Monday - Oct 21, 2019

What SPF Levels Should you Use?


spf_final

Are you confused about what Sun Protection Factor or also popularly known as SPF level is good for you? You may observe that for the past few years, the SPF levels are continuously rising; in fact some products even reach up to SPF 100+. The higher the SPF, the better it is, right?

The American Academy of Dermatology noted that the best level is SPF30. So does this mean that higher sunscreen levels are more effective? Not necessarily, according to experts but regulators have put rules that will limit the use of higher SPF levels.

What is the Best SPF level?

For daily or everyday use, the best sunscreen levels are SPF30 but for those who want to go out for outdoor activities, SPF50 is recommended. SPF30 means your skin will be protected against ultraviolet radiation from the sun for around 30 minutes; this is adequate for persons who have lower levels of sun exposure.  After 30 minutes, the effect will be gone, so you have to apply again a sunscreen lotion. Thus, for longer outdoor activities, higher SPF is recommended.

Is Higher SPF-Sunscreen more effective?

When you are shopping around for sunscreen, you will notice that some products have higher sun protection factor ratings.  Does SPF 100+ or SPF 90+ better than SPF 30? It can be logical for someone to think that SPF100+ is better than SPF30, but SPF does not work that way.

Sun Protection Factor refers to the capability of the sunscreen product to block the ultraviolet B or UVB rays that primarily causes sunburns.  But it is not as effective in blocking UVA rays which can cause deeper damage to skin.  Both UVB and UVA are considered to increase the risk of getting skin cancer.

SPF rating is used to measure the duration for you to suffer from sunburn if you are not wearing sunscreen as opposed to the time if the sunscreen is on. For example, products with SPF15 blocks around 94% of harmful UVB rays, SPF30 blocks 97%, SPF45 blocks 98% of UVB rays and so on and so forth. Sunscreen products having higher SPF rating could block UVB rays slightly higher as compared with lower SPF levels. 

But keep in mind that none of these products can offer 100% protection against UVB rays. Thus, this is the reason why SPF30 is already an acceptable level for most dermatologists.  According to experts in personal care products, the difference between medium to higher SPF sunscreen levels is not that much.  But then, higher SPF products have better protection against long-term exposure to prevent skin related cancer and further skin damage.

Whatever sunscreen products you choose, dermatologist recommends using water-resistant sunscreen. Apply it liberally an hour and a half before doing your outdoor activities.  You should reapply the sunscreen depending on the SPF levels but usually use it after sweating, drying off, and or swimming.   Higher SPF can be reapplied every two hours.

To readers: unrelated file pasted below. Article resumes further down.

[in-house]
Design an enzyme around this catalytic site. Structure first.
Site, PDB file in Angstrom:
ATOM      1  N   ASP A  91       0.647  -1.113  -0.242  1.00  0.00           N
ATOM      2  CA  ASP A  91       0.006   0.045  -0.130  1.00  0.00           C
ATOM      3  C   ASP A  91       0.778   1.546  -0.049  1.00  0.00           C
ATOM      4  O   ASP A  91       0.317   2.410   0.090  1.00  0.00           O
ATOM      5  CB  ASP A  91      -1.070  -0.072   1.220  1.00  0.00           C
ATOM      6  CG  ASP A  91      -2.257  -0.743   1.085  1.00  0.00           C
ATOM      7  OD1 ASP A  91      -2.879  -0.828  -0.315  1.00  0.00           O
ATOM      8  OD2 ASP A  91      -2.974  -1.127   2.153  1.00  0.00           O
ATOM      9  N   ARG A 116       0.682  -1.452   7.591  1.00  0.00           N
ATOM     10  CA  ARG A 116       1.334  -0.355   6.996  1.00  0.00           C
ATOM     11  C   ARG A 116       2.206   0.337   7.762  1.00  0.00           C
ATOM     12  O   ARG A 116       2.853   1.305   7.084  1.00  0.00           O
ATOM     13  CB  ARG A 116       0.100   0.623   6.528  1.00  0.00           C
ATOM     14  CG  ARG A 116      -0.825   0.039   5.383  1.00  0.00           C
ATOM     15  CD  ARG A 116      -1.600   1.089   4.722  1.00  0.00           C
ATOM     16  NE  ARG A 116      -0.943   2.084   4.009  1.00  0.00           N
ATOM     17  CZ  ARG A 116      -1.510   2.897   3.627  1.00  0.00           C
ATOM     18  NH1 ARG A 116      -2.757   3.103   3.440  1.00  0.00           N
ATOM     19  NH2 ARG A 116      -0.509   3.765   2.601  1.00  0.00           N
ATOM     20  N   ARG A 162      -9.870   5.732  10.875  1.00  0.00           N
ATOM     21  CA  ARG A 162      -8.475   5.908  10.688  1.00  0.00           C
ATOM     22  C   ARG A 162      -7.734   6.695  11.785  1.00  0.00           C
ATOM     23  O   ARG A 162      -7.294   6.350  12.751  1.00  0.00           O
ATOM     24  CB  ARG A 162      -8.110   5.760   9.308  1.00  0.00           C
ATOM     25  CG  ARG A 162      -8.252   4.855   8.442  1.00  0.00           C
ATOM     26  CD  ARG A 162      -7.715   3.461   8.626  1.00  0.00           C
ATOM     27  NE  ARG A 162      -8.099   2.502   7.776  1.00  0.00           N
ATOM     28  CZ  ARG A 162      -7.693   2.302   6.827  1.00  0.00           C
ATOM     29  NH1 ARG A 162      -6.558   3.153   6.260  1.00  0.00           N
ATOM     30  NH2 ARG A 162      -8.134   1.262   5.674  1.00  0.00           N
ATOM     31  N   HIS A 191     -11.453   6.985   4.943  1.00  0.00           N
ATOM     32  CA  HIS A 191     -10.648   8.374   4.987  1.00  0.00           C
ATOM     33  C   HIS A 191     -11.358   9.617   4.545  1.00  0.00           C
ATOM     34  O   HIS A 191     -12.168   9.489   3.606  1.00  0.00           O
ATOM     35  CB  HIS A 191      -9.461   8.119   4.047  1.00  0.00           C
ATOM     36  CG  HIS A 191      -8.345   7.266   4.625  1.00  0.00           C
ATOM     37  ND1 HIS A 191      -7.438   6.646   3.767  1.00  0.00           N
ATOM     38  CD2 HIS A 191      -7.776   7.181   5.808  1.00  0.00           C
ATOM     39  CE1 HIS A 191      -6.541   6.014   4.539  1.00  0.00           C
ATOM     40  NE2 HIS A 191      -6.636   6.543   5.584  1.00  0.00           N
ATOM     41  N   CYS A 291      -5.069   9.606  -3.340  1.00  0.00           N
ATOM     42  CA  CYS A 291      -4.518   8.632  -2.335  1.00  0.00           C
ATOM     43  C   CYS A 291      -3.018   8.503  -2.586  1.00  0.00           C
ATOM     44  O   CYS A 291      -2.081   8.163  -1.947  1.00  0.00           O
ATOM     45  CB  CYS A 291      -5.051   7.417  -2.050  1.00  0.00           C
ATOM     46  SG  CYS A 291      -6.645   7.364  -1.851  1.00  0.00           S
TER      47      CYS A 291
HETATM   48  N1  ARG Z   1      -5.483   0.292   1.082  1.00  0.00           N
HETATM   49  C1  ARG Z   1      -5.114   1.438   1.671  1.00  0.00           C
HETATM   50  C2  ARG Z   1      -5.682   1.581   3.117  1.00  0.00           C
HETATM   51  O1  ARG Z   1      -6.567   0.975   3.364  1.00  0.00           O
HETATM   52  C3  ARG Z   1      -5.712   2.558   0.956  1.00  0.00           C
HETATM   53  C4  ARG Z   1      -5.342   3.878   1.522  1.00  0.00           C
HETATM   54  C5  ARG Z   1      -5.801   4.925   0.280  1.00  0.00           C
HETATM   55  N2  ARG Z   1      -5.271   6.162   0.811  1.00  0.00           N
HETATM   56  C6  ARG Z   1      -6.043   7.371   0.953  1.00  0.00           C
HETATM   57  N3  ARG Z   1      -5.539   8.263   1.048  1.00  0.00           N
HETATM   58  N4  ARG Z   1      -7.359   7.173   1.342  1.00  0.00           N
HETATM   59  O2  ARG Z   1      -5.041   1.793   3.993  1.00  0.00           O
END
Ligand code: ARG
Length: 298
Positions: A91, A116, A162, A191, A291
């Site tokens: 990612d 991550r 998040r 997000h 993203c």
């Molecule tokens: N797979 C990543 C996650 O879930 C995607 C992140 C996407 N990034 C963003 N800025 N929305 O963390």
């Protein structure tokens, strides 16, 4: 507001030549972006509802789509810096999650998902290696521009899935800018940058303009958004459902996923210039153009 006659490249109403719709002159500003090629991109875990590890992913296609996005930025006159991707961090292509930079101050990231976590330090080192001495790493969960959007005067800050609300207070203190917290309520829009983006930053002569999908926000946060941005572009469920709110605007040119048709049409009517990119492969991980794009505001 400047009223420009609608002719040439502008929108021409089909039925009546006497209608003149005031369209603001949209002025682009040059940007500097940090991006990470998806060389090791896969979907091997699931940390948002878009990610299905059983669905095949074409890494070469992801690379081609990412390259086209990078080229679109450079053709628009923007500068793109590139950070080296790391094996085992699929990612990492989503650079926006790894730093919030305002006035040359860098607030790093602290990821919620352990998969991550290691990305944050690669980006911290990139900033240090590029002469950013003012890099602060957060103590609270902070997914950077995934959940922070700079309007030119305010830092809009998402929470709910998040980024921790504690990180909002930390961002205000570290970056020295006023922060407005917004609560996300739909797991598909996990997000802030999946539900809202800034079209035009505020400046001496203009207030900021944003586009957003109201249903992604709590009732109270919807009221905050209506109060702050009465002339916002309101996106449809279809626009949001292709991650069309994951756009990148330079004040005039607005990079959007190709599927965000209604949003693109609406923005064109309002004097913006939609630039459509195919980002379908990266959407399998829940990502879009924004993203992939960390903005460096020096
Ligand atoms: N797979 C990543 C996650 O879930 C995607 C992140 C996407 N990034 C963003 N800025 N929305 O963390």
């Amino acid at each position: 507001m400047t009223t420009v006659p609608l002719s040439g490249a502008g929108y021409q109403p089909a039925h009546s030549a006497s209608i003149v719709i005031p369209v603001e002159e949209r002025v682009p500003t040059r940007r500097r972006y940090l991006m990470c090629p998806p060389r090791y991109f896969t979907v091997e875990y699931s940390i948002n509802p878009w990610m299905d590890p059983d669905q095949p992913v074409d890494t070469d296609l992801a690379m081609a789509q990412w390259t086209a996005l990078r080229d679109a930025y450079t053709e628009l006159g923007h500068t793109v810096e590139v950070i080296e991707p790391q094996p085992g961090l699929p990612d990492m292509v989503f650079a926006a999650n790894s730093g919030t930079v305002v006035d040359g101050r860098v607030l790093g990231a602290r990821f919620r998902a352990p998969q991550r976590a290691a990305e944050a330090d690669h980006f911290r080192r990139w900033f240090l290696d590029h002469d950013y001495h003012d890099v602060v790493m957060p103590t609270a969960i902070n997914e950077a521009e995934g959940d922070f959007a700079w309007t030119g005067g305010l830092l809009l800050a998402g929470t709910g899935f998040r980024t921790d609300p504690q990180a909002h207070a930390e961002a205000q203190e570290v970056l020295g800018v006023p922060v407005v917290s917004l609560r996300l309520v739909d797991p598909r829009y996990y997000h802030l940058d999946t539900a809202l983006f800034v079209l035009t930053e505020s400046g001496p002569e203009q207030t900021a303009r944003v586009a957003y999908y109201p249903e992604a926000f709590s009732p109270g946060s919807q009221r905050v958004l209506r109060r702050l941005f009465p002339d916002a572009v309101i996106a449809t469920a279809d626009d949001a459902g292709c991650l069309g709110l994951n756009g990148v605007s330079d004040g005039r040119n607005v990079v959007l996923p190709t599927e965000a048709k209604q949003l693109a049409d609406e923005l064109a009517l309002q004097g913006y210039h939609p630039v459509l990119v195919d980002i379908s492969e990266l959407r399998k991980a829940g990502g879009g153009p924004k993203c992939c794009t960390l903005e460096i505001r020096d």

The most effective way to fully protect you against UVB rays is to apply sunscreen regularly.  If possible apply sunscreen in the morning then after two hours again, depending on your outdoor activities.  Remember that the protective levels of SPF depend on its ratings, so after a few hours the effect will be gone.

Why FDA Regulated High SPF Products?

There are lots of sunscreen products in the market that offers super-high SPF levels.  This has caught the attention of FDA, thus, last 2011; they started to draft new sunscreen rules to avoid the public’s confusion.   FDA recently recommends changing the sunscreen labels, sooner the highest level of SPF that will be available in the market is SPF50+.

The U.S. Food and Drug Administration made the changes to regulate how sunscreens are being marketed to ensure that sunscreens are able to meet the safety standards.  This will also help address the confusion issues raised by the consumers.  If they have the right information, they will be able to choose the appropriate sun protection for them and for their families.

One should note that sunscreen is used to protect your skin from UVB rays not for UVA rays that causes skin cancer and skin aging.   UVA rays are also more prevalent compared with UVB so it can penetrate more deeply in the layers of the skin. FDA recommends that products should specify whether it can protect UVB alone or it has also protective properties against UVA.  This can be seen with products mentioning “SPF rating plus broad spectrum” claims.

It is also important to note that regardless of your skin type, you can use any levels of SPF. The American Academy of Dermatology does not have any recommended levels of SPF that would depend on the skin tone. With this information, consumers will know which product offers the best sun protection that will give them the best benefit.

Labeling rules will help consumers to have an awareness of the product and to prevent them from getting confused about increasing levels of SPF. SPF is said to be not a consumer friendly number so users should have a full understanding of the labeling so they can choose the right product.  It is also important to protect yourself from prolong sun exposure by wearing protective clothing while outdoors, and stay away from the sun particularly in midday hours like 10:00 am to 3:00 pm.